John Patch, a mariner in Yarmouth, Nova Scotia developed a two-bladed, fan-shaped propeller in 1832 and publicly demonstrated it in 1833, propelling a row boat across Yarmouth Harbour and a small coastal schooner at Saint John, New Brunswick, but his patent application in the United States was rejected until 1849 because he was not an American citizen. His efficient design drew praise in American scientific circles but by this time there were multiple competing versions of the marine propeller.
Although there was much experimentation with screw propulsion until the 1830s, few of these inventions were pursued to the testing stage, and those that were proved unsatisfactory for one reason or another.
In 1835, two inventors in Britain, John Ericsson and Francis Pettit Smith, began working separately on the problem. Smith was first to take out a screw propeller patent on 31 May, while Ericsson, a gifted Swedish engineer then working in Britain, filed his patent six weeks later. Smith quickly built a small model boat to test his invention, which was demonstrated first on a pond at his Hendon farm, and later at the Royal Adelaide Gallery of Practical Science in London, where it was seen by the Secretary of the Navy, Sir William Barrow. Having secured the patronage of a London banker named Wright, Smith then built a 30-foot, 6-horsepower canal boat of six tons burthen called the Francis Smith, which was fitted with a wooden propeller of his own design and demonstrated on the Paddington Canal from November 1836 to September 1837. By a fortuitous accident, the wooden propeller of two turns was damaged during a voyage in February 1837, and to Smith's surprise the broken propeller, which now consisted of only a single turn, doubled the boat's previous speed, from about four miles an hour to eight. Smith would subsequently file a revised patent in keeping with this accidental discovery.
In the meantime, Ericsson built a 45-foot screw propelled steamboat, Francis B. Ogden in 1837, and demonstrated his boat on the River Thames to senior members of the British Admiralty, including Surveyor of the Navy Sir William Symonds. In spite of the boat achieving a speed of 10 miles an hour, comparable with that of existing paddle steamers, Symonds and his entourage were unimpressed. The Admiralty maintained the view that screw propulsion would be ineffective in ocean-going service, while Symonds himself believed that screw propelled ships could not be steered efficiently. Following this rejection, Ericsson built a second, larger screw-propelled boat, the Robert F. Stockton, and had her sailed in 1839 to the United States, where he was soon to gain fame as the designer of the U.S. Navy's first screw-propelled warship, USS Princeton.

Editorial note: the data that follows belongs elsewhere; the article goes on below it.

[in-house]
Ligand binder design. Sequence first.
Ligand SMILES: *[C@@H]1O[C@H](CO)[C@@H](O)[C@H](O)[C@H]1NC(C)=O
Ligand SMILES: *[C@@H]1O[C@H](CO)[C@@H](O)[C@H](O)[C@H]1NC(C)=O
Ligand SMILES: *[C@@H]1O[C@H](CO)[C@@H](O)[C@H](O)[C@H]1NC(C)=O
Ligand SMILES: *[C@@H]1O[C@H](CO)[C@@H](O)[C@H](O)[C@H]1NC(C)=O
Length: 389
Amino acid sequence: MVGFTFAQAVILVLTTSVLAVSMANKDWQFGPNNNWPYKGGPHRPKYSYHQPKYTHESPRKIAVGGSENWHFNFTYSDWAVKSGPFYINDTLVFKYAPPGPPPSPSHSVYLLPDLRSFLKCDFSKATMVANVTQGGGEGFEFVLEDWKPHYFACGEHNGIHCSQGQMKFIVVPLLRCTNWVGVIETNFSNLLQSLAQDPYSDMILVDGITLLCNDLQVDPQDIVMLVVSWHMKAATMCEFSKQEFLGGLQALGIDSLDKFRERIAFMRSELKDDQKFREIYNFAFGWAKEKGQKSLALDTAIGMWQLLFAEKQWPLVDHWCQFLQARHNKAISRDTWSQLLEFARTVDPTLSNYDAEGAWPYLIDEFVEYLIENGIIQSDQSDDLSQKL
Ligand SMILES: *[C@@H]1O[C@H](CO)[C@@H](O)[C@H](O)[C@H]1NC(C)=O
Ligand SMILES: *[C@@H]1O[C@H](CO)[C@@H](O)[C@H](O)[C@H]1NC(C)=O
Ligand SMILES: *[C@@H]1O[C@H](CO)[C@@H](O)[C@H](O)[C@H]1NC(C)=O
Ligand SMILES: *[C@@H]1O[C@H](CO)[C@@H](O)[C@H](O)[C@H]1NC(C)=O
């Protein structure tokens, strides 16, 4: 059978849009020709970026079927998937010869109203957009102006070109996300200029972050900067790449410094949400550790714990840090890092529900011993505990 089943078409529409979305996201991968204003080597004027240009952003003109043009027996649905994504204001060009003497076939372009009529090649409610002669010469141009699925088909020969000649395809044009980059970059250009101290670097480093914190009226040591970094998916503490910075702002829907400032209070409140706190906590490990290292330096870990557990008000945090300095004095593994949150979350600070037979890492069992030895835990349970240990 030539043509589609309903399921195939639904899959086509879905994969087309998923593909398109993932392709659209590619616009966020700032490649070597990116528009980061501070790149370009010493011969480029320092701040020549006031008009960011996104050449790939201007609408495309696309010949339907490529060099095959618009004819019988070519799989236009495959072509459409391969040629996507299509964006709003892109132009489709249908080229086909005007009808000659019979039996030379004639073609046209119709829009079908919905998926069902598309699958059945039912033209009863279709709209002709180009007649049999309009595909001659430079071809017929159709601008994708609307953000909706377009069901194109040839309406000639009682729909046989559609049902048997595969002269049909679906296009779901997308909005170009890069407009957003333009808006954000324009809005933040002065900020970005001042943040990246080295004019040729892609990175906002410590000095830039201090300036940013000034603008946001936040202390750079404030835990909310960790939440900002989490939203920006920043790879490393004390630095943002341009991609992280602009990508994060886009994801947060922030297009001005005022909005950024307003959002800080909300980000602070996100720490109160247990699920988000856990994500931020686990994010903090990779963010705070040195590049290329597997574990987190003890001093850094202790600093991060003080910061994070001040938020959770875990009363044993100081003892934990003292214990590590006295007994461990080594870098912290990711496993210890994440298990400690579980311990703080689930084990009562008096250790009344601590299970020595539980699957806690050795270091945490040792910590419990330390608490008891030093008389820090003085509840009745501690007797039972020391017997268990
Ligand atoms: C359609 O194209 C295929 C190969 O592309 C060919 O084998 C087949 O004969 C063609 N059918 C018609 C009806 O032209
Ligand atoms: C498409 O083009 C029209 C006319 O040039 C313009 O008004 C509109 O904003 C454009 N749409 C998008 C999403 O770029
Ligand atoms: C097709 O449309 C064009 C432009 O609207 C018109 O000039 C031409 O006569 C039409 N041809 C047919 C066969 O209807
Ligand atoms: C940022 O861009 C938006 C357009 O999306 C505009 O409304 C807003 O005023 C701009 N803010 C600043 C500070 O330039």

Apparently aware of the Navy's view that screw propellers would prove unsuitable for seagoing service, Smith determined to prove this assumption wrong. In September 1837, he took his small vessel (now fitted with an iron propeller of a single turn) to sea, steaming from Blackwall, London to Hythe, Kent, with stops at Ramsgate, Dover and Folkestone. On the way back to London on the 25th, Smith's craft was observed making headway in stormy seas by officers of the Royal Navy. The Admiralty's interest in the technology was revived, and Smith was encouraged to build a full size ship to more conclusively demonstrate the technology's effectiveness.
Archimedes had considerable influence on ship development, encouraging the adoption of screw propulsion by the Royal Navy, in addition to her influence on commercial vessels. Trials with Smith's SS Archimedes led to the famous tug-of-war competition in 1845 between the screw-driven HMS Rattler and the paddle steamer HMS Alecto; the former pulling the latter backward at 2.5 knots (4.6 km/h).
She also had a direct influence on the design of another innovative vessel, Isambard Kingdom Brunel's SS Great Britain, then the world's largest ship and the first screw-propelled steamship to cross the Atlantic Ocean in 1845. Propeller design stabilized in the 1880s.
The twisted aerofoil shape of modern aircraft propellers was pioneered by the Wright brothers. While some earlier engineers had attempted to model air propellers on marine propellers, the Wrights realized that a propeller is essentially the same as a wing, and were able to use data from their earlier wind tunnel experiments on wings. They also introduced a twist along the length of the blades. This was necessary to ensure the angle of attack of the blades was kept relatively constant along their length. Their original propeller blades were only about 5% less efficient than the modern equivalent, some 100 years later. The understanding of low speed propeller aerodynamics was fairly complete by the 1920s, but later requirements to handle more power in smaller diameter have made the problem more complex.
Alberto Santos Dumont, another early pioneer, applied the knowledge he gained from experiences with airships to make a propeller with a steel shaft and aluminium blades for his 14 bis biplane. Some of his designs used a bent aluminium sheet for blades, thus creating an airfoil shape. They were heavily undercambered, and this plus the absence of lengthwise twist made them less efficient than the Wright propellers. Even so, this was perhaps the first use of aluminium in the construction of an airscrew.